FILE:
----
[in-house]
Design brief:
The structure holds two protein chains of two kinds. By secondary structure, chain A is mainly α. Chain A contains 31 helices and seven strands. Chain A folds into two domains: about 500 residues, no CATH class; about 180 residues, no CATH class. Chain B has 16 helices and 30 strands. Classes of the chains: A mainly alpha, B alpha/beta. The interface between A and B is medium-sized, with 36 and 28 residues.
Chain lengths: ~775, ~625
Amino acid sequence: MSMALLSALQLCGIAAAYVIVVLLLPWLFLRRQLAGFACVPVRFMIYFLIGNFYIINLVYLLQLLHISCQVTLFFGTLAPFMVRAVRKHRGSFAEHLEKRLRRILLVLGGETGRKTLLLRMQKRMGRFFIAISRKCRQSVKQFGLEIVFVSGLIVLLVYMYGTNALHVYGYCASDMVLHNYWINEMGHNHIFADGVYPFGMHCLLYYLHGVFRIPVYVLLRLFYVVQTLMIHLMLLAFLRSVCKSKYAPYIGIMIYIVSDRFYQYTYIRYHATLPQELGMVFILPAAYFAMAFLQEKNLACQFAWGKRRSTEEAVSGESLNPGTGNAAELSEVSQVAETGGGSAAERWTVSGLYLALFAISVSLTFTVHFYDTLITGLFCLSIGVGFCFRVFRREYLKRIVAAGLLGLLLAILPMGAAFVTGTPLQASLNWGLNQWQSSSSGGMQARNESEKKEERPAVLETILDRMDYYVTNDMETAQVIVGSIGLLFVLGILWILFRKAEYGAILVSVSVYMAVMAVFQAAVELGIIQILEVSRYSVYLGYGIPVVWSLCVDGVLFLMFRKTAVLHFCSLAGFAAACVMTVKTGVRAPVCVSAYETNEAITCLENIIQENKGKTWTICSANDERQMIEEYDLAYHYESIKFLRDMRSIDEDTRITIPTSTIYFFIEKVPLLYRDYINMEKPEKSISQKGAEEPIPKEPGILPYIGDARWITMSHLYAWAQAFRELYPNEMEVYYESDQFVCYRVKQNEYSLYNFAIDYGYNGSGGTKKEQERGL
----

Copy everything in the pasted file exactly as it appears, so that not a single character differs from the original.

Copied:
[in-house]
Design brief:
The structure holds two protein chains of two kinds. By secondary structure, chain A is mainly α. Chain A contains 31 helices and seven strands. Chain A folds into two domains: about 500 residues, no CATH class; about 180 residues, no CATH class. Chain B has 16 helices and 30 strands. Classes of the chains: A mainly alpha, B alpha/beta. The interface between A and B is medium-sized, with 36 and 28 residues.
Chain lengths: ~775, ~625
Amino acid sequence: MSMALLSALQLCGIAAAYVIVVLLLPWLFLRRQLAGFACVPVRFMIYFLIGNFYIINLVYLLQLLHISCQVTLFFGTLAPFMVRAVRKHRGSFAEHLEKRLRRILLVLGGETGRKTLLLRMQKRMGRFFIAISRKCRQSVKQFGLEIVFVSGLIVLLVYMYGTNALHVYGYCASDMVLHNYWINEMGHNHIFADGVYPFGMHCLLYYLHGVFRIPVYVLLRLFYVVQTLMIHLMLLAFLRSVCKSKYAPYIGIMIYIVSDRFYQYTYIRYHATLPQELGMVFILPAAYFAMAFLQEKNLACQFAWGKRRSTEEAVSGESLNPGTGNAAELSEVSQVAETGGGSAAERWTVSGLYLALFAISVSLTFTVHFYDTLITGLFCLSIGVGFCFRVFRREYLKRIVAAGLLGLLLAILPMGAAFVTGTPLQASLNWGLNQWQSSSSGGMQARNESEKKEERPAVLETILDRMDYYVTNDMETAQVIVGSIGLLFVLGILWILFRKAEYGAILVSVSVYMAVMAVFQAAVELGIIQILEVSRYSVYLGYGIPVVWSLCVDGVLFLMFRKTAVLHFCSLAGFAAACVMTVKTGVRAPVCVSAYETNEAITCLENIIQENKGKTWTICSANDERQMIEEYDLAYHYESIKFLRDMRSIDEDTRITIPTSTIYFFIEKVPLLYRDYINMEKPEKSISQKGAEEPIPKEPGILPYIGDARWITMSHLYAWAQAFRELYPNEMEVYYESDQFVCYRVKQNEYSLYNFAIDYGYNGSGGTKKEQERGL